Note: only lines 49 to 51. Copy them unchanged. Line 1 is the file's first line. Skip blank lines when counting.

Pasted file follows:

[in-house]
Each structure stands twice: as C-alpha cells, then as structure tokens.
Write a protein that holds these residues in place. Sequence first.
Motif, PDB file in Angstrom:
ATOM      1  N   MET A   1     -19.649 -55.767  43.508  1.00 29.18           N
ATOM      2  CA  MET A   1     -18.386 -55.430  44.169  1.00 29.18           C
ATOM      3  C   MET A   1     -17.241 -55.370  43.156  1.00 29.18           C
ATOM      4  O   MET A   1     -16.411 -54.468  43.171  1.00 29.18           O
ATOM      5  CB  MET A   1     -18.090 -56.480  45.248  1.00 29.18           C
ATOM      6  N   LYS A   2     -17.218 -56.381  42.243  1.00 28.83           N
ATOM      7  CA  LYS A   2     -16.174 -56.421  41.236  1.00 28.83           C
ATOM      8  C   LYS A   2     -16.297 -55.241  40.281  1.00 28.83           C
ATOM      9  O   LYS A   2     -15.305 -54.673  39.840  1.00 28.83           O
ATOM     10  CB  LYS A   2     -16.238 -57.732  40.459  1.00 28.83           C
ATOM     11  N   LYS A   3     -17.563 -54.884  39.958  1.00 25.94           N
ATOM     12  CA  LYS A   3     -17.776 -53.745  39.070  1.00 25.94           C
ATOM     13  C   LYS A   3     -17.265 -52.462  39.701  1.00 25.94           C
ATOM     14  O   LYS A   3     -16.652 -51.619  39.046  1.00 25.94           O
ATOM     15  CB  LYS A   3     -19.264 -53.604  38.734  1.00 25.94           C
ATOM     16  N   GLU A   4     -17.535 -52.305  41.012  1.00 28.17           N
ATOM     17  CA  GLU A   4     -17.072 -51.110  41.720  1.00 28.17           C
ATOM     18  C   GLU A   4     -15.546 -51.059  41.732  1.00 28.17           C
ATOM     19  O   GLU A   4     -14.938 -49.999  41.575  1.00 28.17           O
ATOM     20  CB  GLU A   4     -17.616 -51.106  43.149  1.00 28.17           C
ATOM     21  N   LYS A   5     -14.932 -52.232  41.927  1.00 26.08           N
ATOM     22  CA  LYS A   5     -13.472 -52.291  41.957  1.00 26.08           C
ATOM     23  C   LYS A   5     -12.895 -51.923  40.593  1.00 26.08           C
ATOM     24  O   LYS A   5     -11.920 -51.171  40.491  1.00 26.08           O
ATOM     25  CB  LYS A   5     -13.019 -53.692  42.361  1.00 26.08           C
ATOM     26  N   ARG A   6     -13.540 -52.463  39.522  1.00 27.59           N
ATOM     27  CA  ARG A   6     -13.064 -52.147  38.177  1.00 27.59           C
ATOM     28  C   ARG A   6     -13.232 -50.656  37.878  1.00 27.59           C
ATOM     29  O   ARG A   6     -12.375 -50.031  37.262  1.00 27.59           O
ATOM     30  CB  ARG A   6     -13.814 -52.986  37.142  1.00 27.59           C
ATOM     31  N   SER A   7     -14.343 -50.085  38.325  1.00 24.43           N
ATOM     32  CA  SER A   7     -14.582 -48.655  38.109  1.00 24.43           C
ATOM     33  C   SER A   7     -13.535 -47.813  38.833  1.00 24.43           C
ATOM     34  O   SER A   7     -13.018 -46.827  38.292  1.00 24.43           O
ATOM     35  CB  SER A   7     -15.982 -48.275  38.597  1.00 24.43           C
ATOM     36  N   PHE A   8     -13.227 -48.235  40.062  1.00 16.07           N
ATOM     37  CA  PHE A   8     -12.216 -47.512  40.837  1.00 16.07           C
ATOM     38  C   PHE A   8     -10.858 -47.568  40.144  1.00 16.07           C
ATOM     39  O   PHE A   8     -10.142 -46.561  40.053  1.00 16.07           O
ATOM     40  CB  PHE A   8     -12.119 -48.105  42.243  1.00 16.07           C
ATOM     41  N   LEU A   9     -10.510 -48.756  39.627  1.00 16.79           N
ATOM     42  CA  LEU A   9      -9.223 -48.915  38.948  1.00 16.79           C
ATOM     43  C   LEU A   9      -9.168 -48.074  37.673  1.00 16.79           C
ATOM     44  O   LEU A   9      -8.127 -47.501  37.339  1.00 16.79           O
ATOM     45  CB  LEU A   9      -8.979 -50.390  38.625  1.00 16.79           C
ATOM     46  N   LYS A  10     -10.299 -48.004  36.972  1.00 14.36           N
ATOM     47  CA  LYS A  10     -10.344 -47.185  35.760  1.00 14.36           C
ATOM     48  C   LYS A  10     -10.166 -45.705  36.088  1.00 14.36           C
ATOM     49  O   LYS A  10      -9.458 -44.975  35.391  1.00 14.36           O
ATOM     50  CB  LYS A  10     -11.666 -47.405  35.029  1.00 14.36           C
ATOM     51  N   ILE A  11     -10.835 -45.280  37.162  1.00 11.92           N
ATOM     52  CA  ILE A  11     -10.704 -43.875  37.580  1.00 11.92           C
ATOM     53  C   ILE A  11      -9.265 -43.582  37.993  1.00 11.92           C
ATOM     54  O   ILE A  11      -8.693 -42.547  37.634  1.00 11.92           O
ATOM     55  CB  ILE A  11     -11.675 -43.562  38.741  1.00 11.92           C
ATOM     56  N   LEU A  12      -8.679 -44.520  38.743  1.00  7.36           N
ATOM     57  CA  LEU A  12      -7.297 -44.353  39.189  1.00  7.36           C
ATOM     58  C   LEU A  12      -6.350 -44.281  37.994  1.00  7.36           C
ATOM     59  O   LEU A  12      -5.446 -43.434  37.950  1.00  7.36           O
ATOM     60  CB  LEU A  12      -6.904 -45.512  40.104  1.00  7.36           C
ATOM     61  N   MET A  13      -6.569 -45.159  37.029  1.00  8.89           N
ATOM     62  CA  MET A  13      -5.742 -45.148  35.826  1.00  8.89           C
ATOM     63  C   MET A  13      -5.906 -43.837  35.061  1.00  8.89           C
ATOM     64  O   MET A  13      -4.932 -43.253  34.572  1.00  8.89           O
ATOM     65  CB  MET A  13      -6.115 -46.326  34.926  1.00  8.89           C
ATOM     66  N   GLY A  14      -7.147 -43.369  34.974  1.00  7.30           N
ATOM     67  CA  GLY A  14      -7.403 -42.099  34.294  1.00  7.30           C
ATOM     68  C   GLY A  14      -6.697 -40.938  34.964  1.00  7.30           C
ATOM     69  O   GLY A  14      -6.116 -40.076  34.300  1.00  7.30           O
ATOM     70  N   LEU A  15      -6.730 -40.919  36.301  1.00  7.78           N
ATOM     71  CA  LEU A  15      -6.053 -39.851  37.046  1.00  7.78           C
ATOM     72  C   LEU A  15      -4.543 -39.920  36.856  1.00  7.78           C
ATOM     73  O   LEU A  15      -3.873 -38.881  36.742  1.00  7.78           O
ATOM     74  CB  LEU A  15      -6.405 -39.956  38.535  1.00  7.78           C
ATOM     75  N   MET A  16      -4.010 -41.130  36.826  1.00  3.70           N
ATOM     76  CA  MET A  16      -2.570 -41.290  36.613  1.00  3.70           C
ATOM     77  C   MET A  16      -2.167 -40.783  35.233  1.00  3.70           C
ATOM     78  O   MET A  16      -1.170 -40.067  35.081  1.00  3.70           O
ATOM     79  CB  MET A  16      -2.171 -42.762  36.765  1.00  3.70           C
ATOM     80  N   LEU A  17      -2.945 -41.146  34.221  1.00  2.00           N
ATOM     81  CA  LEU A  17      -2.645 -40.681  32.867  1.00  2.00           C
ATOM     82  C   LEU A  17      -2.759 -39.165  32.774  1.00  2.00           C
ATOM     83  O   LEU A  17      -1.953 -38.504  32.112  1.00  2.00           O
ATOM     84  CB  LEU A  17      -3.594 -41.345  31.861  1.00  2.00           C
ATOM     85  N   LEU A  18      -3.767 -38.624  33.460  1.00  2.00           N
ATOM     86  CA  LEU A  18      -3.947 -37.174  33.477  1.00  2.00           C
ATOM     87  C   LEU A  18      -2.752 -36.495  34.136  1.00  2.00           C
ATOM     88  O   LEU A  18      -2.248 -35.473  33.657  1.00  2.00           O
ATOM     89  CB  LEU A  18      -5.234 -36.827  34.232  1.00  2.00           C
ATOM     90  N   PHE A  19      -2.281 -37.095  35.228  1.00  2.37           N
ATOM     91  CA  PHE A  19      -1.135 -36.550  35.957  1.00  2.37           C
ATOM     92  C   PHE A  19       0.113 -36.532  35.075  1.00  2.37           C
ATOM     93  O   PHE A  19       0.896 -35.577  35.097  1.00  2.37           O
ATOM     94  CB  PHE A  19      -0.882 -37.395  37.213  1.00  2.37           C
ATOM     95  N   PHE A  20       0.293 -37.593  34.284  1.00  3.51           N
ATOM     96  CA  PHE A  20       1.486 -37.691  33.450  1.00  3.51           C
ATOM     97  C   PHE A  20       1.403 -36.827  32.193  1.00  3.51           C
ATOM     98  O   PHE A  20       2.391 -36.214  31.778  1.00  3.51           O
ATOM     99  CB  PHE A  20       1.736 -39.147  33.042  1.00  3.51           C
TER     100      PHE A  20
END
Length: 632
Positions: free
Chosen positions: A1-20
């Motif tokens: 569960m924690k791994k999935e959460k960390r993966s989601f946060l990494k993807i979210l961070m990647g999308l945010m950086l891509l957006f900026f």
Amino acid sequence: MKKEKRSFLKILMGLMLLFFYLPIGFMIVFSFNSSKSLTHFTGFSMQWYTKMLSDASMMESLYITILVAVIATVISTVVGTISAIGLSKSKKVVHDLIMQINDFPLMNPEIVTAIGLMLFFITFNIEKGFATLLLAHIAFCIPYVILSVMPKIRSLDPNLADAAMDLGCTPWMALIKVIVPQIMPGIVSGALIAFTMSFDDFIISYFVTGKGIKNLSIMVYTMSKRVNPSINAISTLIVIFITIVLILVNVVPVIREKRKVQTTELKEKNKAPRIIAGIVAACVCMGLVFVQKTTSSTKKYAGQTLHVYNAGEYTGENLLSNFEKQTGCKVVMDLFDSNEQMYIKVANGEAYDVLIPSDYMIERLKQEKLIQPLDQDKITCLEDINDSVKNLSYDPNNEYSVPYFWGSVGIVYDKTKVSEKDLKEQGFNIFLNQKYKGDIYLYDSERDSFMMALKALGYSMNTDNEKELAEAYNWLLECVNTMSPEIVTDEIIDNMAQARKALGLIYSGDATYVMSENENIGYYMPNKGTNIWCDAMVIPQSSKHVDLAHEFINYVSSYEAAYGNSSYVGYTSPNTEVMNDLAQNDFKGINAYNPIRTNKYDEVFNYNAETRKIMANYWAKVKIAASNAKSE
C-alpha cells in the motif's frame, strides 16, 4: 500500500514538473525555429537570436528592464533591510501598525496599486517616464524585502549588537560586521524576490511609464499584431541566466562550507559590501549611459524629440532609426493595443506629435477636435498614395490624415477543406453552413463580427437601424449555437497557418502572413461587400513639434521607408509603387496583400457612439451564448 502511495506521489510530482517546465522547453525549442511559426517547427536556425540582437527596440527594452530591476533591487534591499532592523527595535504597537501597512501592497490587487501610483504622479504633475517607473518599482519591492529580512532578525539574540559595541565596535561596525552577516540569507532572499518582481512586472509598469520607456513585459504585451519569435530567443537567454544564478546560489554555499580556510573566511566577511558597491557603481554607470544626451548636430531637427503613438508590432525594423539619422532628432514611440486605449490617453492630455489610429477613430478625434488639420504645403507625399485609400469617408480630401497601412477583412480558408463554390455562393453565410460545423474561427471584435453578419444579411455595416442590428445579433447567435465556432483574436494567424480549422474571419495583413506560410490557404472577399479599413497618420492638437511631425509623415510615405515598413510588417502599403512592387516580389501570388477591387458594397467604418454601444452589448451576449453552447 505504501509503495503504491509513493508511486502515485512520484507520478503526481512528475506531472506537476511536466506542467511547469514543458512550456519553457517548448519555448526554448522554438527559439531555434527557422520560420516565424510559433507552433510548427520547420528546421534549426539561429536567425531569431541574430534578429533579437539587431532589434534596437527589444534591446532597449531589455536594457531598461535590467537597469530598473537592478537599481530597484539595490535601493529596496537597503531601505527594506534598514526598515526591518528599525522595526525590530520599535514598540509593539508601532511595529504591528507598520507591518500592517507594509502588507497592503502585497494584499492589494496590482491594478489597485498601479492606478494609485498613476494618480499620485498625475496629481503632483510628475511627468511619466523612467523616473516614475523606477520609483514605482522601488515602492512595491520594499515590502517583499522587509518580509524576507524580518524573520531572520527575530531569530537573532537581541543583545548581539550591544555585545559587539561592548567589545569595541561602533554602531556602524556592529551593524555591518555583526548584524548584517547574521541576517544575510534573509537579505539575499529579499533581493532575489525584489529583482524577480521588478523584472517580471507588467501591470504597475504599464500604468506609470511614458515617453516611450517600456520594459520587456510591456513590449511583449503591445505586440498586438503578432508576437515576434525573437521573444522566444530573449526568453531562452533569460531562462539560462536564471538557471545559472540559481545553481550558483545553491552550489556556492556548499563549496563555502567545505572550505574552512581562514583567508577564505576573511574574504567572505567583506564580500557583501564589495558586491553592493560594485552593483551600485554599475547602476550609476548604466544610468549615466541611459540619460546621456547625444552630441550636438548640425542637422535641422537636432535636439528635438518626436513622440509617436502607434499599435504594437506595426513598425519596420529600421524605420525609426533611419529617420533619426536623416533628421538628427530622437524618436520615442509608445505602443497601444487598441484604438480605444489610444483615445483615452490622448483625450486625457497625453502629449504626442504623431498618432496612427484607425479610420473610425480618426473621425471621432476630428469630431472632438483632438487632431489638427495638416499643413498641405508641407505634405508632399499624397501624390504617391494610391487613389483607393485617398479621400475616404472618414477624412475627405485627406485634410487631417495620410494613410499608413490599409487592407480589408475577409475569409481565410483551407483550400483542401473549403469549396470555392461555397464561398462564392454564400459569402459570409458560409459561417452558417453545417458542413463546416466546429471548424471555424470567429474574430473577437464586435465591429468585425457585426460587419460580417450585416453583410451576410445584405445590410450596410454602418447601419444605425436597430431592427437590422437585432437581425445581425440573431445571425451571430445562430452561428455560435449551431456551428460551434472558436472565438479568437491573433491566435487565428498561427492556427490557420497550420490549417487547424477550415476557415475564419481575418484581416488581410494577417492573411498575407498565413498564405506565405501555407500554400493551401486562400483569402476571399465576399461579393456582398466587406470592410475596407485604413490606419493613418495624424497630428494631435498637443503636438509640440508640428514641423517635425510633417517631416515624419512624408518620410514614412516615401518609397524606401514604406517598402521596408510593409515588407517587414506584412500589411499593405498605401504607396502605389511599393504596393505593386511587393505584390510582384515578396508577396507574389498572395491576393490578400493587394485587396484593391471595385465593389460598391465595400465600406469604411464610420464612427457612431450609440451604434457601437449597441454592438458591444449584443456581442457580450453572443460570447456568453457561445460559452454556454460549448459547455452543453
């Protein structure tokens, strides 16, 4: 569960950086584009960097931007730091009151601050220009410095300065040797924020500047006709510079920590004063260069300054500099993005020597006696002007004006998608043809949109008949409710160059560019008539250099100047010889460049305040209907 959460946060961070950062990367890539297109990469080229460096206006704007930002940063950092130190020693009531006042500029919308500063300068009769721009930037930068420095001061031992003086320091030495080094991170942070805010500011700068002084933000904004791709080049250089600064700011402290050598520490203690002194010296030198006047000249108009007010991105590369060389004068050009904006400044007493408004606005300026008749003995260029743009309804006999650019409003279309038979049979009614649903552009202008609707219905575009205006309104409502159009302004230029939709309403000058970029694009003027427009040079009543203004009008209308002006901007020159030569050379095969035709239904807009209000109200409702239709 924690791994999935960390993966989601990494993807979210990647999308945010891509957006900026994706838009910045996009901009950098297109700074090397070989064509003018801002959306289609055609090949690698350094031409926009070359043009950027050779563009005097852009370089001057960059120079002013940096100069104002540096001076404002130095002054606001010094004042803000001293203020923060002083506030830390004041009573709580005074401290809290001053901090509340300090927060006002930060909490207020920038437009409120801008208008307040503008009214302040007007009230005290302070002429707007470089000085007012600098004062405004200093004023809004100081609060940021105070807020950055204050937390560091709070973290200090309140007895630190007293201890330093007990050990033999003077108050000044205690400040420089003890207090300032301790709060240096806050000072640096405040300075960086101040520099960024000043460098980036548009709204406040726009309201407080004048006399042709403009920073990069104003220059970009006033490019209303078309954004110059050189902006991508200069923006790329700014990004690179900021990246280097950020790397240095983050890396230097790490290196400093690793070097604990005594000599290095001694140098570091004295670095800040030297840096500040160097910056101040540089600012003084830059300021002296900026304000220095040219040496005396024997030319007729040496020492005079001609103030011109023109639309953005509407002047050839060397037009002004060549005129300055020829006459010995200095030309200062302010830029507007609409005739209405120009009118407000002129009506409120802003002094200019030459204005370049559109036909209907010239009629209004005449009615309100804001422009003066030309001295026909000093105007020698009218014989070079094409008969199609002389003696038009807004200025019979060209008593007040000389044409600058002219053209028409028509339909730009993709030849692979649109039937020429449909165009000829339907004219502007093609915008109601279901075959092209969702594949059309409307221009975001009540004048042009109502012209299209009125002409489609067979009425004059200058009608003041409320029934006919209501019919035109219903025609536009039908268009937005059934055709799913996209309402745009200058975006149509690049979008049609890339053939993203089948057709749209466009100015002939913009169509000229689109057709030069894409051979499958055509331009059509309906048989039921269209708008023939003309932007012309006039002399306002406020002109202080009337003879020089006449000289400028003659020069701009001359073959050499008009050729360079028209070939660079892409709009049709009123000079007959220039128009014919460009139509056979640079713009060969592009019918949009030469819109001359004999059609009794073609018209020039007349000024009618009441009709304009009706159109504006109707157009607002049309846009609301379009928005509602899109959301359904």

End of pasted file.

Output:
ATOM     45  CB  LEU A   9      -8.979 -50.390  38.625  1.00 16.79           C
ATOM     46  N   LYS A  10     -10.299 -48.004  36.972  1.00 14.36           N
ATOM     47  CA  LYS A  10     -10.344 -47.185  35.760  1.00 14.36           C